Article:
Prof. Dr. Ulrich Lynen can be regarded as one of the fathers of the future antiproton facility as part of FAIR and with PANDA and HESR being the versatile experiment and the storage ring for the antiprotons respectively. This installation will enable precision and high statistics experiments in the field of the structure, spectroscopy, dynamics and in-media behavior of hadrons.
Starting with a kick-off meeting of the Hadron Physics Study Group in early 1998 he shaped the collaboration, the physics cases and the general layout of the detector which is now in construction for eventual completion by 2023 and with annihilation of the first antiprotons in 2025. Even after his retirement he served for PANDA in the scrutiny process and various detector committees to finalize the TDR of sub-detectors. He is always influential and critical and PANDA owes him very much.
In recognition of his engagement and achievement, the PANDA collaboration awarded to him the "PANDA Honorary Lifetime Membership" for his "Outstanding Service to the PANDA Collaboration and the Field of Hadron Physics".
The certificate was presented by the PANDA Spokesperson on April 10, 2018 at the Festive Colloquium for his 80th Birthday being held at that day at GSI. The colloquium was presented by Concettina Sfienti and the laudatory speech was given by Josef Pochodzalla (both U Mainz). Both have been working with Uli Lynen for a long time at GSI.
Every year, PANDA awards a prize for the best PhD thesis in PANDA of the last year and we’d like to ask for nominations for this year's prize. The rules are simple:
Who is eligible?
Members of PANDA who have had the oral defense of their PhD thesis during the year preceding the selection are eligible. The thesis may contain work related to other topics/experiments, but the majority of the work in the thesis must be directly connected to PANDA. The thesis advisor can nominate someone who successfully passed the oral defense during the period from June 1, 2017 to May 31, 2018.
And how can nominations be made?
A nomination can be made until July 31, 2018 by submitting the following information to the speaker of the collaboration:
1. A nomination letter in which the content of the thesis and the importance of this work for PANDA is described. This should also motivate why that thesis should be considered as the best one of the selection period from PANDA.
2. The thesis must be made available online on the PANDA webpage, and the URL must be included in the nomination. If it is not allowed to upload the thesis to the PANDA website, then a hard copy of the thesis must be submitted.
3. If the thesis is not written in English, then a (couple page) summary must be provided in English.
4. A copy of a certificate showing the grade achieved by the thesis (and a short description of the grade scale). This certificate should indicate the date of the oral exam. If that is not the case, then some other confirmation of when the oral exam was held must be provided (a letter for the thesis advisor will suffice, if a copy of a formal document is delivered before the September meeting.)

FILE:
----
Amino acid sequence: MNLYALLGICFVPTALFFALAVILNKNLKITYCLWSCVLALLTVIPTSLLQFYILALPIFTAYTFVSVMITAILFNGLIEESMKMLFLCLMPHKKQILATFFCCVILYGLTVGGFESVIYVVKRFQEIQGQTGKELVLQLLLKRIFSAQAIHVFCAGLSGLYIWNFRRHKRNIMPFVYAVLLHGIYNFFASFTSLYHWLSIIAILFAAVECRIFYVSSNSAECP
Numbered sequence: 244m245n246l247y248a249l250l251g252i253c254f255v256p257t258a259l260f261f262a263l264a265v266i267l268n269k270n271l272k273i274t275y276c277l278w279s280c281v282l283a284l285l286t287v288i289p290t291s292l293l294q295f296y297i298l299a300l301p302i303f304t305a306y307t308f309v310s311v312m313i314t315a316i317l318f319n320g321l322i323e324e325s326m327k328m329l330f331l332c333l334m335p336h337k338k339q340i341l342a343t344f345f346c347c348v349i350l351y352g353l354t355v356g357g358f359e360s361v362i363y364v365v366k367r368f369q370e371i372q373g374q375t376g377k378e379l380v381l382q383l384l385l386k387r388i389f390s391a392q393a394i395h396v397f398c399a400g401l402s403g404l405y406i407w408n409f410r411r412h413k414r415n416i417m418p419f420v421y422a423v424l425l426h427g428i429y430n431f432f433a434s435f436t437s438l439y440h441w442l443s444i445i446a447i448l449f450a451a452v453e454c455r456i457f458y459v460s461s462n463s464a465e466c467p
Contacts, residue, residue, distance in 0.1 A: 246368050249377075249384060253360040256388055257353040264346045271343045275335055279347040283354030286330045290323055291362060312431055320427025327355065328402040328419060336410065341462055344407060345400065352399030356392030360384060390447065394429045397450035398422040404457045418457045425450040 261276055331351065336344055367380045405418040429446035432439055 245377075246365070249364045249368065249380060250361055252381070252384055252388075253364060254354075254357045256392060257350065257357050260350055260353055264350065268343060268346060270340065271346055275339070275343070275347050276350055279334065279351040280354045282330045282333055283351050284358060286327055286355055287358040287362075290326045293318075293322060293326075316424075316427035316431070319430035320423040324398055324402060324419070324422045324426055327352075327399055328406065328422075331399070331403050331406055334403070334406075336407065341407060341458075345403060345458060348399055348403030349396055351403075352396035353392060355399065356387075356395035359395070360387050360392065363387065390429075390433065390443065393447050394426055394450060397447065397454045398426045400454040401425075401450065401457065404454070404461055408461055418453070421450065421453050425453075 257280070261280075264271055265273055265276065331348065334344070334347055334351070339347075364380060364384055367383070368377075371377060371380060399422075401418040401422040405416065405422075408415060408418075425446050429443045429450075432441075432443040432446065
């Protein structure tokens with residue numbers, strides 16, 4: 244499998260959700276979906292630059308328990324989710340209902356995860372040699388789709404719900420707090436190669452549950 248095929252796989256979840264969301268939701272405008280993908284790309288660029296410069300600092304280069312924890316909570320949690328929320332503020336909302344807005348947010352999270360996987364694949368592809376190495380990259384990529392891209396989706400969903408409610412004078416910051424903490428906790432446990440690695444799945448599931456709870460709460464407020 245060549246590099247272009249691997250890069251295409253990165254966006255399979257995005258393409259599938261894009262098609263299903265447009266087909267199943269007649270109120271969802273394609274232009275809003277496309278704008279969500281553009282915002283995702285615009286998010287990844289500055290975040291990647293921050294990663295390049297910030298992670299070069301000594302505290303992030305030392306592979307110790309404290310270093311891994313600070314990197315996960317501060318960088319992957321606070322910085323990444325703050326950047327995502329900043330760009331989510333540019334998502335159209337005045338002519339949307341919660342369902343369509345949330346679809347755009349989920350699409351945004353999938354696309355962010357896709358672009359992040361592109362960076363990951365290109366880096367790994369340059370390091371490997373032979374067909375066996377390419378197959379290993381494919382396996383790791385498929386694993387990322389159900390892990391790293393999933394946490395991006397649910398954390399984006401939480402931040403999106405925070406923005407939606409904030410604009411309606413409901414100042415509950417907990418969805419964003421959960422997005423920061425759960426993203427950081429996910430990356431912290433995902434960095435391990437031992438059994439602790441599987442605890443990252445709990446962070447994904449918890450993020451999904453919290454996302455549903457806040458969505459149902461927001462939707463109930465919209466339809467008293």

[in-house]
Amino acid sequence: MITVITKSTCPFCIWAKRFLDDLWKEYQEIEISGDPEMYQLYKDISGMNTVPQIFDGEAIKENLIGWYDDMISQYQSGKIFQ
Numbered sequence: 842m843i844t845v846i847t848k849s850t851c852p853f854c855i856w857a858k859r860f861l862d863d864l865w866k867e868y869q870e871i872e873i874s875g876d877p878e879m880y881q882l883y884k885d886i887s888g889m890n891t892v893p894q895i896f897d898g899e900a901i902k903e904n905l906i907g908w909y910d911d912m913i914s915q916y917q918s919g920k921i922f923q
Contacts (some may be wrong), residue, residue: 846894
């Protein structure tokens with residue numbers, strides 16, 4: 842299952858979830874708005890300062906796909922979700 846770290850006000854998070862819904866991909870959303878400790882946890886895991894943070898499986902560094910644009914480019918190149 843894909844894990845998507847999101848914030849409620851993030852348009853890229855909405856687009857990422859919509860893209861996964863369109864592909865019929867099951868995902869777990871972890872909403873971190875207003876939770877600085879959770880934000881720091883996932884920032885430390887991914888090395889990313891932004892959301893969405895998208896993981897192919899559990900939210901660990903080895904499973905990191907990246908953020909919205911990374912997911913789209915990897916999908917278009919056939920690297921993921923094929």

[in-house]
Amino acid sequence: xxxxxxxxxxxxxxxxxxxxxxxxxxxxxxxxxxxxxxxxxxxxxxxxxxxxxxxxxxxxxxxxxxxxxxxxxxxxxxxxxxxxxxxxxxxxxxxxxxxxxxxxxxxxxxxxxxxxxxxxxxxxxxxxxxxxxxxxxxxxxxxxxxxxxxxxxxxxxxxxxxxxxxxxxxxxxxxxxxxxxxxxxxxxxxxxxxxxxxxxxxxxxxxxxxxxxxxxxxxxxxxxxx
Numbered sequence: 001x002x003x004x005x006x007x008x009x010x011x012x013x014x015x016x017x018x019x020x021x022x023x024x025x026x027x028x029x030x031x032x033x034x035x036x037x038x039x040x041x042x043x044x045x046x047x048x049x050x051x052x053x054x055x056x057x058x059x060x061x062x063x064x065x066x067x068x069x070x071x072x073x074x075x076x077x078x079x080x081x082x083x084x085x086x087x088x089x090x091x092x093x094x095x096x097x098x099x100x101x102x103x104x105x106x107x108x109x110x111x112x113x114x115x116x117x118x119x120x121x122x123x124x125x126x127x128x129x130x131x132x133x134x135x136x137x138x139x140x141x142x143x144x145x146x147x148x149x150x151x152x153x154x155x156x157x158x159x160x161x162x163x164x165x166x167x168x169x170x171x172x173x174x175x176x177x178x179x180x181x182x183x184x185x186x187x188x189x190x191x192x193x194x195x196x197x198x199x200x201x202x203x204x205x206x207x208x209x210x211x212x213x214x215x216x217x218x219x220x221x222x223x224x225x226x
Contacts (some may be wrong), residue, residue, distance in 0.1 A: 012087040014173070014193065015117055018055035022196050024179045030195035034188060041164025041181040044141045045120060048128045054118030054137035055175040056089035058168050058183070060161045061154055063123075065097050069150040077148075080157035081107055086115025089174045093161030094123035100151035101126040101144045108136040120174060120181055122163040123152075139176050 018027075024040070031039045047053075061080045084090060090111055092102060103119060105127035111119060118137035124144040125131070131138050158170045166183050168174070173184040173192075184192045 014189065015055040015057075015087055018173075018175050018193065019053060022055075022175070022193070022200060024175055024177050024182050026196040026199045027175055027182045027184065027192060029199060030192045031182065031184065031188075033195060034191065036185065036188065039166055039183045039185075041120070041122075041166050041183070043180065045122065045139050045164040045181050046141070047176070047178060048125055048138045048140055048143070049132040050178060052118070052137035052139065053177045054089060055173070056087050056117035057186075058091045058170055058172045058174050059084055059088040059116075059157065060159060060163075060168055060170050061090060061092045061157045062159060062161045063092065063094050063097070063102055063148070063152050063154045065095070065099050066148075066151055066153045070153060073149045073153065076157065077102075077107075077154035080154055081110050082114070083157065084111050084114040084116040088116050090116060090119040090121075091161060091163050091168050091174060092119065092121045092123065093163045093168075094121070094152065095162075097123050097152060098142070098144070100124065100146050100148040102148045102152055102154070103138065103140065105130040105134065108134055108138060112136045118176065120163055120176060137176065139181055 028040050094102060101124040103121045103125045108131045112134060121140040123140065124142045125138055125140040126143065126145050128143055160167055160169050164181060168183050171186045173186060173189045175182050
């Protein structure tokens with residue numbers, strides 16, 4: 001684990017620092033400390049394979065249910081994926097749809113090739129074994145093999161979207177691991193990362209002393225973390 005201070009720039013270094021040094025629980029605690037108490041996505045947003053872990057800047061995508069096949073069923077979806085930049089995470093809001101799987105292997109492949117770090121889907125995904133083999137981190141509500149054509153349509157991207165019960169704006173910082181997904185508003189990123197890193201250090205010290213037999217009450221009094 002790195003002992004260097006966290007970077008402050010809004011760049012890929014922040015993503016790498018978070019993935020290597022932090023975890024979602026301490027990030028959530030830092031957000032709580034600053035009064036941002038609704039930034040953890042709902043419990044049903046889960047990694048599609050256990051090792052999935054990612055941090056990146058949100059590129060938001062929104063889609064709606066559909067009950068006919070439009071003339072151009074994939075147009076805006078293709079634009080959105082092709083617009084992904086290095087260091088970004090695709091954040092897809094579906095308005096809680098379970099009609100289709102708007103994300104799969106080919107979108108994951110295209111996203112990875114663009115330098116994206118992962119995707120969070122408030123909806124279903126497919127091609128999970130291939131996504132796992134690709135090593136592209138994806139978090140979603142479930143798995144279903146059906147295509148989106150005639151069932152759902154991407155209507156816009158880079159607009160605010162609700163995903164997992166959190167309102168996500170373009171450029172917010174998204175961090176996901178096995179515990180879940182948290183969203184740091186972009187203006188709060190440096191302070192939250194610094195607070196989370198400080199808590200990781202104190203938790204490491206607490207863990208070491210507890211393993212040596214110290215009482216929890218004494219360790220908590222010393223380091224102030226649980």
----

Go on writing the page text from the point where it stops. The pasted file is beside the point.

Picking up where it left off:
More details of the PhD Prize rules can be found here.
The nomination must be made in writing/email.
Please keep in mind that potential awardees for the PhD Prize need to be present at the GSI Meeting in November for their PhD presentation. Please consider registration and (if necessary) visa application in time for them.
Starting in 2018, PANDA will award a prize every two years for the best theory PhD thesis related to the PANDA experimental program and we would like to ask for nominations for this year's prize. The prize will include the award of 200 euro and will be presented at the PANDA Collaboration meeting in June 2018.
All theoreticians who have passed the oral defense of their PhD thesis between Dec 1, 2016 and Nov 30, 2017 are eligible. The thesis may contain work related to other experiments, but the majority of the work in the thesis must be directly connected to the PANDA physics program. The nomination should be made by the thesis advisor.
Dr. Erik Etzelmüller has received the Panda PhD Prize 2017 for his doctoral thesis at GSI, FAIR, and the Justus Liebig University in Giessen. The award was presented by the spokesman of the Panda Collaboration, Klaus Peters from GSI, at the most recent Panda Collaboration meeting at the BINP in Novosibirsk.
Physicist Erik Etzelmüller, 30, received the prize of €200 and a certificate for his dissertation titled Developments towards the technical design and prototype of the PANDA Endcap Disc DIRC.
His doctoral advisor was Prof. Dr. Michael Düren from the Justus Liebig University in Giessen.
The Panda Collaboration has awarded the PhD Prize once per year since 2013 in order to honor the best dissertation written in connection with the Panda Experiment. Panda will be one of the key experiments of the future accelerator center FAIR. The experiment focuses on antimatter research as well as on various topics related to the weak and the strong force, exotic states of matter, and the structure of hadrons. More than 500 scientists from 17 countries currently work in the Panda Collaboration. In his dissertation, Dr. Etzelmüller studied die Endcap Disc DIRC, a Cherenkov detector that forms one of the main components of the charged particle identification of the Panda detector, which is being built at the FAIR accelerator facility.
Candidates for the PhD Prize are nominated by their doctoral advisors. In addition to being directly related to the Panda Experiment, the nominees’ doctoral degrees must have received a rating of “very good” or better. Up to three candidates are shortlisted for the award and can present their dissertations at the Panda Collaboration meeting. The winner is chosen by a committee that is appointed for this task by the Panda Collaboration. The Panda Collaboration awards the PhD Prize to specifically honor students’ contributions to the Panda project.